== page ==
Pickle or preserved vegetable: Bread n’ Butter Pickles by McClure’s Pickles, LLC, Detroit, Michigan. 248.837.9323.
Salad dressing: Aunt Dottie’s Salad Dressing Pumpkin Seed Vinaigrette by JGF Enterprises, Okatie, South Carolina. The product also won gold in this category. 843.645.9050
Salsa or dip: White Bean Dip by Maya Kaimal Fine Foods, Rhinebeck, New York. 845.876.8200.
Savory snack: Cilantro Lime Chickpea Chips, also by Maya Kaimal Fine Foods, Rhinebeck, New York. 845.876.8200
Seasoning or spice: Slow Cooker Sichuan Blend by The Zen of Slow Cooking, Lake Forest, Illinois. 847.340.8414
Sweet snack: Organic Coconut with Cranberries, Cashews, Almonds and Chia Seeds by Creative Snacks Co., Greensboro, North Carolina. 336.668.4151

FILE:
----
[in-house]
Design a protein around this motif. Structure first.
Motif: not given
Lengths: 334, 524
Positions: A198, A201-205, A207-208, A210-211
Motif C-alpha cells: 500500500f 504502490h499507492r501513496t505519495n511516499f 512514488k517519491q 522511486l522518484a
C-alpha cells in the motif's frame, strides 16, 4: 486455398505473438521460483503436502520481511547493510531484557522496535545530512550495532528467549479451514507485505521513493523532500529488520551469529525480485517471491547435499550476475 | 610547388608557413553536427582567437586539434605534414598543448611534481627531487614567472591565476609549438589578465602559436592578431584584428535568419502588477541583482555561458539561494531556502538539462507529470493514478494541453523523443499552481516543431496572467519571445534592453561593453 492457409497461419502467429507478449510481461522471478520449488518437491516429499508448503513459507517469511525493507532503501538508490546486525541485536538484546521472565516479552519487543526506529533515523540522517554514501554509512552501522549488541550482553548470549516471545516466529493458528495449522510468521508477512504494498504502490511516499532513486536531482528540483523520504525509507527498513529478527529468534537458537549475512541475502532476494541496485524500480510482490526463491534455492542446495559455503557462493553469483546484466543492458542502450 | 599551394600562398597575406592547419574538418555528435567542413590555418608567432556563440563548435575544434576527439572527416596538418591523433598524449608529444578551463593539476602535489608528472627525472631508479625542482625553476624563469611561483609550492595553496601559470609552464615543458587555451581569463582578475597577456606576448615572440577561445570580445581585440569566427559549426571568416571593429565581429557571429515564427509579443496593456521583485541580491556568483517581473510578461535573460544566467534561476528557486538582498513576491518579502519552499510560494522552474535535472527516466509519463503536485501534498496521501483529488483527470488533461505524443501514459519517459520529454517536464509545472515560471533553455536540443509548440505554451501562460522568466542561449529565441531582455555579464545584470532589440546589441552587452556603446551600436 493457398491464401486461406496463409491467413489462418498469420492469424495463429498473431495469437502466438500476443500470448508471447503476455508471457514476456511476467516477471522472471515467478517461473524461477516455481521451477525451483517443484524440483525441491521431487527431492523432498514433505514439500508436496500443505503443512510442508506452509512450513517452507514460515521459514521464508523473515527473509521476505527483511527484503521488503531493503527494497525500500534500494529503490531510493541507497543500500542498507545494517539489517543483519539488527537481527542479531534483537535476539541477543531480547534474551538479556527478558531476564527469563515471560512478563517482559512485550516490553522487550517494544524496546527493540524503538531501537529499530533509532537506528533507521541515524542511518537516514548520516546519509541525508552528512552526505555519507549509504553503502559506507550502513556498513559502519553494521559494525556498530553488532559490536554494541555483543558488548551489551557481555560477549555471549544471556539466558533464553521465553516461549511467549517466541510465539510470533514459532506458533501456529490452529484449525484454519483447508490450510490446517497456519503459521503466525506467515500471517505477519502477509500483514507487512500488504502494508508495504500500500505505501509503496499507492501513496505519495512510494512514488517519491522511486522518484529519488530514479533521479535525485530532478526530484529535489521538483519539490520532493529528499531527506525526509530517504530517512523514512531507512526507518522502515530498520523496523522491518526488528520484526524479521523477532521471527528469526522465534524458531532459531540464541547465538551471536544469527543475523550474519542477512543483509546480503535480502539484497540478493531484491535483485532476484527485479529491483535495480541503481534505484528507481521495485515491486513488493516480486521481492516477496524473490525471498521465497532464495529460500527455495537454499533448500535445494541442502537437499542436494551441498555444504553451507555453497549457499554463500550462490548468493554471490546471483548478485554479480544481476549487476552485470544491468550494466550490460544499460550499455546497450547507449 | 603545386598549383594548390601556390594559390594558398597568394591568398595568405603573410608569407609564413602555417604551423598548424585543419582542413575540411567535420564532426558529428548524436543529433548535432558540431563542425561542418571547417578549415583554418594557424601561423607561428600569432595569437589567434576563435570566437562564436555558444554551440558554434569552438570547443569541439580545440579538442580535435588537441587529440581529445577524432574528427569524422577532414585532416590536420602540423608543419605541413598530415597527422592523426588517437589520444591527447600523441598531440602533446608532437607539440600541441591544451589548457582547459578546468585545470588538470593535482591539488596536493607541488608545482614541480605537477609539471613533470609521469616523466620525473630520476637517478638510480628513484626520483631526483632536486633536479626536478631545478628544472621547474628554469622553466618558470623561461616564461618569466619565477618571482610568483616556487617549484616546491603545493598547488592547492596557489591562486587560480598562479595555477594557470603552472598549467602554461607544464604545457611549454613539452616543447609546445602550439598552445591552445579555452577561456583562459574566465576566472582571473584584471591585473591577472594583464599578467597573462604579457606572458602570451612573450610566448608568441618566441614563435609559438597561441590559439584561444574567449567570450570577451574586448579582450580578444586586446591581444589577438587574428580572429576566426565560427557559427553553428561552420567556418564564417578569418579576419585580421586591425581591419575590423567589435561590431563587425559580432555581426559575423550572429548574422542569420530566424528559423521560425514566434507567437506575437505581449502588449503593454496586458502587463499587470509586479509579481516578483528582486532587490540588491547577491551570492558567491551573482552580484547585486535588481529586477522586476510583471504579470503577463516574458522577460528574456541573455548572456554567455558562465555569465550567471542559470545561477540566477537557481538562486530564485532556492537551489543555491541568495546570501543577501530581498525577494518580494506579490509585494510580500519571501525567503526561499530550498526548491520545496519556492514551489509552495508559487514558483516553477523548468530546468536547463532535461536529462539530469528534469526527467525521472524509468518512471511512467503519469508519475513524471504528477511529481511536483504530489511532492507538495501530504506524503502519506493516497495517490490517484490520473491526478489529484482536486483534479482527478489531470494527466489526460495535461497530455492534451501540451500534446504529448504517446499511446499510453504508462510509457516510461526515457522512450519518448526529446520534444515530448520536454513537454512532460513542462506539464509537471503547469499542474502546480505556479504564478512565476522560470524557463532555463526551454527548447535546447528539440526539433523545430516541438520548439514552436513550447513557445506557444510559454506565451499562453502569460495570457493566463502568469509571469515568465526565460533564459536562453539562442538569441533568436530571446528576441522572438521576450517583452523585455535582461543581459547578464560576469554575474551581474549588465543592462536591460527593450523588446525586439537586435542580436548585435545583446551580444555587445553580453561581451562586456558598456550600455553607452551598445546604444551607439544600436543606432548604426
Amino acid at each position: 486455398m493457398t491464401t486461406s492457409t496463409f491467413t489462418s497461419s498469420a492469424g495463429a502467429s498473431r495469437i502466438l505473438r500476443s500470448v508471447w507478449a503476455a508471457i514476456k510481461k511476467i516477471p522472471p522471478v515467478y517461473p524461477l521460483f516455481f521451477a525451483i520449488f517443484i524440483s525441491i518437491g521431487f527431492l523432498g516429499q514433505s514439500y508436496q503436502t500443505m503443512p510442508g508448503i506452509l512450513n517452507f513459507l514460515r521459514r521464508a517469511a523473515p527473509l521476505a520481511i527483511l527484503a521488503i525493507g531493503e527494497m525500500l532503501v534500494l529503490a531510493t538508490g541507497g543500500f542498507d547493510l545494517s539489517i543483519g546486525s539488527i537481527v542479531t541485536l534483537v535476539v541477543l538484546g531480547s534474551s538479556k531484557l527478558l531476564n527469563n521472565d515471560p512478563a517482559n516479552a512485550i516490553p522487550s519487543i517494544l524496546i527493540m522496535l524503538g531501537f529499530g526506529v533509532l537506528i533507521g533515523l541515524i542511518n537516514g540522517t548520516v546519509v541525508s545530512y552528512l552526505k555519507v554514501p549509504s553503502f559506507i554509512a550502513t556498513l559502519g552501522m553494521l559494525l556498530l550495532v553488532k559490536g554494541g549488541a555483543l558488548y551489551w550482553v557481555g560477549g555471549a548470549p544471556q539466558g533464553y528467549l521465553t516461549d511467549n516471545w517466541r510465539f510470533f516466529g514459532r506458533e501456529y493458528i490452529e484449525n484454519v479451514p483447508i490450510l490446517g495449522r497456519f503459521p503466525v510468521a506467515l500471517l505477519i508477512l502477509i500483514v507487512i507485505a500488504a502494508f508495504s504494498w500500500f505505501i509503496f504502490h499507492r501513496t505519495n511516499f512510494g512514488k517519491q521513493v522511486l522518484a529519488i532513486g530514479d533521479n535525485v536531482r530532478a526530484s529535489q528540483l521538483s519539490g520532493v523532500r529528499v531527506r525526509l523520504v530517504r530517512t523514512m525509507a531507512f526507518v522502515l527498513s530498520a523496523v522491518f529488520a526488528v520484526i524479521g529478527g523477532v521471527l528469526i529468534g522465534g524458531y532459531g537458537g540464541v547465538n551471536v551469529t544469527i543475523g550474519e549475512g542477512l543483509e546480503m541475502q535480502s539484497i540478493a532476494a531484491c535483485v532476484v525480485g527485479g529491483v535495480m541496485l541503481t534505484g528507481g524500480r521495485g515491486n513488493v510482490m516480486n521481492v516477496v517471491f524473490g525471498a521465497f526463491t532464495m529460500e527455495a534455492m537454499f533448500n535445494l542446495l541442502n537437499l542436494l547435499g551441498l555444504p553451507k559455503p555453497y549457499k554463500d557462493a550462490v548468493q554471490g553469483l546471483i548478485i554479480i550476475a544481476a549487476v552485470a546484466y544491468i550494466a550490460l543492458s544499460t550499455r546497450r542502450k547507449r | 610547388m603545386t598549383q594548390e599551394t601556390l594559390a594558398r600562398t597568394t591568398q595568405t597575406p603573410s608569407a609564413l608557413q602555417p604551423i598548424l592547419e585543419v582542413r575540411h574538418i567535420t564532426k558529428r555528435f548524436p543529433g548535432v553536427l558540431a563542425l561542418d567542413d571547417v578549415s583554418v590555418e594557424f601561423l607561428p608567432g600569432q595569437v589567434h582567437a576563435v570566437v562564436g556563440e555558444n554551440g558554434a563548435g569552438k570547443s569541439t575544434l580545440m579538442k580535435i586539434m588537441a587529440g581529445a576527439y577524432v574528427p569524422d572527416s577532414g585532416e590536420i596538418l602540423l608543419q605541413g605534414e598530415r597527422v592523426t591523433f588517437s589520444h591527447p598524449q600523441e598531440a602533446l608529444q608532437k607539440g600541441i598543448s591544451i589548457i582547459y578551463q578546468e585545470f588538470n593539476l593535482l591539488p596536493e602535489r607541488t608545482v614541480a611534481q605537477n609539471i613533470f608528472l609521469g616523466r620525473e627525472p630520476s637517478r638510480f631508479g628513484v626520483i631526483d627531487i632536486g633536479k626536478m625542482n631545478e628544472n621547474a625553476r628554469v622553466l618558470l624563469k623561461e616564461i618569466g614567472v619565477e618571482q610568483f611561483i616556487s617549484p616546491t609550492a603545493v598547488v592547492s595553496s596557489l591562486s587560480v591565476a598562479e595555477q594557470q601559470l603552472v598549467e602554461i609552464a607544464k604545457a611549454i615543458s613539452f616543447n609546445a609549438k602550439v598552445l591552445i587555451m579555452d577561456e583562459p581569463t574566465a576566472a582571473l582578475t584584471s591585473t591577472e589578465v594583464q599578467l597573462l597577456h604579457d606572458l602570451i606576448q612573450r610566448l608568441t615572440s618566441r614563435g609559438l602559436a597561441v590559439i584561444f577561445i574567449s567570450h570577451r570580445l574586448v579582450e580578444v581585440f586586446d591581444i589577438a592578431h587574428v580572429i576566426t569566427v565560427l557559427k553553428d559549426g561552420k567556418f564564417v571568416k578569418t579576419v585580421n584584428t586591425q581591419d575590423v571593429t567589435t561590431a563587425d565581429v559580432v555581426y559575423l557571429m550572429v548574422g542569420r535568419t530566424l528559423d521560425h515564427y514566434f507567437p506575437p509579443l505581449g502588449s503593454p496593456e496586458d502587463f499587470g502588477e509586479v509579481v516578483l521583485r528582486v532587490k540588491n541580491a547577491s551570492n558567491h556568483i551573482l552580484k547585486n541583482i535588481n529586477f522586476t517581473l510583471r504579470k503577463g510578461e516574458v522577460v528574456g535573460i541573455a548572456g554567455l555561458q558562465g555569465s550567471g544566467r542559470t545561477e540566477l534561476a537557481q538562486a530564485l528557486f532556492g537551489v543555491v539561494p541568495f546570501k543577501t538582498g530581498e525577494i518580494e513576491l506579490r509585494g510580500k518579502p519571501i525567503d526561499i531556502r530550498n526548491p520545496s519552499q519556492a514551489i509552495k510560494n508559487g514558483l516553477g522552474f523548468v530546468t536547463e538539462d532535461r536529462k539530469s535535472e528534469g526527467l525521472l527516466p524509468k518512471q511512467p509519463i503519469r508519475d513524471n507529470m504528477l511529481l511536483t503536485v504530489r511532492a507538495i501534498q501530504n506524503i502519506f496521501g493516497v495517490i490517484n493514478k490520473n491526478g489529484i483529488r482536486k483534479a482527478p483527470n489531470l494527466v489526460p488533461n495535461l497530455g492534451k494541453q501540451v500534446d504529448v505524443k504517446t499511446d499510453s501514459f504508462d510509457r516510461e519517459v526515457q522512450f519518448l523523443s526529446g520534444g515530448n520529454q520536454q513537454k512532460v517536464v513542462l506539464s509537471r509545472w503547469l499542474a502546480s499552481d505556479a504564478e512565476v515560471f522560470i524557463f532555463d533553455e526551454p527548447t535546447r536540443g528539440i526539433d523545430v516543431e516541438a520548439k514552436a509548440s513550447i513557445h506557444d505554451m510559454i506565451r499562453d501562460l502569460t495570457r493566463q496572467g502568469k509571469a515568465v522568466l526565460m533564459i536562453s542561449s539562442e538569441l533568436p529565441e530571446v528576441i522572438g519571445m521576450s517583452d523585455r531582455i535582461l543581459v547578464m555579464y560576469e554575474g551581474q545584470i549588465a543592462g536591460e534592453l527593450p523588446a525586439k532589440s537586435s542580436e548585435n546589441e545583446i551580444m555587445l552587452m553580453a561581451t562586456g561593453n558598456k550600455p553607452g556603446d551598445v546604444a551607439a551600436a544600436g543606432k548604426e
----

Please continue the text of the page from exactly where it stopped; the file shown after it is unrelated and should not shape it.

Vegan product: Sea Salt Chocolate Covered Cocomel Bites by Cocomels by JJ’s Sweets, Boulder, Colorado. 303.800.6492
Vinegar: Strawberry White Balsamic Vinegar by Olivelle, Bozeman, Montana. 406.587.4246
Rogue Ales & Spirits, the country’s only brewery-distillery-cooperage, announces the release of 2017 Rolling Thunder Imperial Stout. Brewed with ingredients grown at Rogue Farms and ocean aged in Dead Guy Whiskey-soaked handmade Oregon Oak barrels coopered at Rogue’s Rolling Thunder Barrel Works, Rolling Thunder Imperial Stout is the culmination of a long journey from bark to bottle. In 2015 Rogue acquired vintage, WW II era, coopering equipment and subsequently established Rolling Thunder Barrel Works to take on the ancient art form of barrel making. Using Oregon Oak, Rogue’s cooper Nate Lindquist assembles, raises, toasts, chars, hoops, cauterizes, sands and brands one barrel a day, all by hand.
“At first it was a creative challenge,” said General Manager Dharma Tamm, “to see how we could incorporate our brewery, distillery, cooperage and farm into one beer. However, our brewers, distillers, coopers, farmers – and even graphic designers turned it into a quest to create a world class beer that exemplifies the Rogue spirit of challenging the norm and pushing creative boundaries.”